With its proposed Plan, Arclight wishes to encourage and enable participants to acquire a passive equity ownership and personal financial interest in the company. This will provide additional incentive for the promotion of the welfare of the company and for the continued service of the participants in the Plan with or to the company. If the A, B and C Units are not considered one "class" for purposes of Rule 701, both the Company's business purpose and the purpose of Rule 701 will be frustrated. As discussed in Release No. 33-6768 (dated April 14, 1988 and effective May 20, 1988), one purpose of Rule 701 is to enable a non-public entity to issue equity interests to its employees as part of an incentive plan such as that which Arclight has proposed. This purpose was reiterated in Release No. 33-7645 (dated February 25, 1999), in which the Staff amended Rule 701 to be even less restrictive, recognizing the increased usage of equity ownership as an incentive and retention device for employees.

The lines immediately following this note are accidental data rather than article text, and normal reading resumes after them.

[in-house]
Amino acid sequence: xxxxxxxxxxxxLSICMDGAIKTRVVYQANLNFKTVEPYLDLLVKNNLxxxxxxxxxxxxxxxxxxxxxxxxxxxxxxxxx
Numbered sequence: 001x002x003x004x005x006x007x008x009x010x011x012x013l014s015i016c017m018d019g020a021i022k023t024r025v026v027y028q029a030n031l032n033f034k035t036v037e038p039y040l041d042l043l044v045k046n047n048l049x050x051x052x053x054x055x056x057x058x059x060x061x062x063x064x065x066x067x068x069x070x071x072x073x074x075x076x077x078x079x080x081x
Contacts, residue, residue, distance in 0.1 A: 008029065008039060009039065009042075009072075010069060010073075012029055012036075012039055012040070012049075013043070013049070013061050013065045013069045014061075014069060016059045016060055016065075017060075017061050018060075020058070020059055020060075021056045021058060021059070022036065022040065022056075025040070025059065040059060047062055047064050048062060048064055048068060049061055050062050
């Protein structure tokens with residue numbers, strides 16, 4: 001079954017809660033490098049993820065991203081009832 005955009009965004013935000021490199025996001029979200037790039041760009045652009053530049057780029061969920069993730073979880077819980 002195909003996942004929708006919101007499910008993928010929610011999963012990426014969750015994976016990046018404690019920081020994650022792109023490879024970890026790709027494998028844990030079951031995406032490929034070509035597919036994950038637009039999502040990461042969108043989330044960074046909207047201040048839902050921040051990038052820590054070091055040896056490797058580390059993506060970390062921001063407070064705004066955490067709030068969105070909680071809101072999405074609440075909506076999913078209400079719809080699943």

Arclight's request is similar to the requests in both Osler Health, Inc. (publicly available February 11, 1998), and Deluxe Corporation (publicly available August 6, 1998). In Osler Health, Inc., the Staff permitted the company to treat two separate classes of common stock as one "class" of securities for purposes of Rule 701. Although the Staff made its determination under the prior version of Rule 701(d)(2)(iii) (formerly Rule 701(b)(5)(ii)), the substance of the provision has not changed. In Osler Health, Inc., the company represented to the Staff that its Class A Common Stock, issued to founders and investors, and Class B Common Stock, issued to certain physicians, would have equal rights and privileges, except that the Class B Common Stock (the class issued pursuant to Rule 701) was non-voting. Also, if the company was to effect an initial public offering, the Class B Common Stock would convert automatically into Class A Common Stock.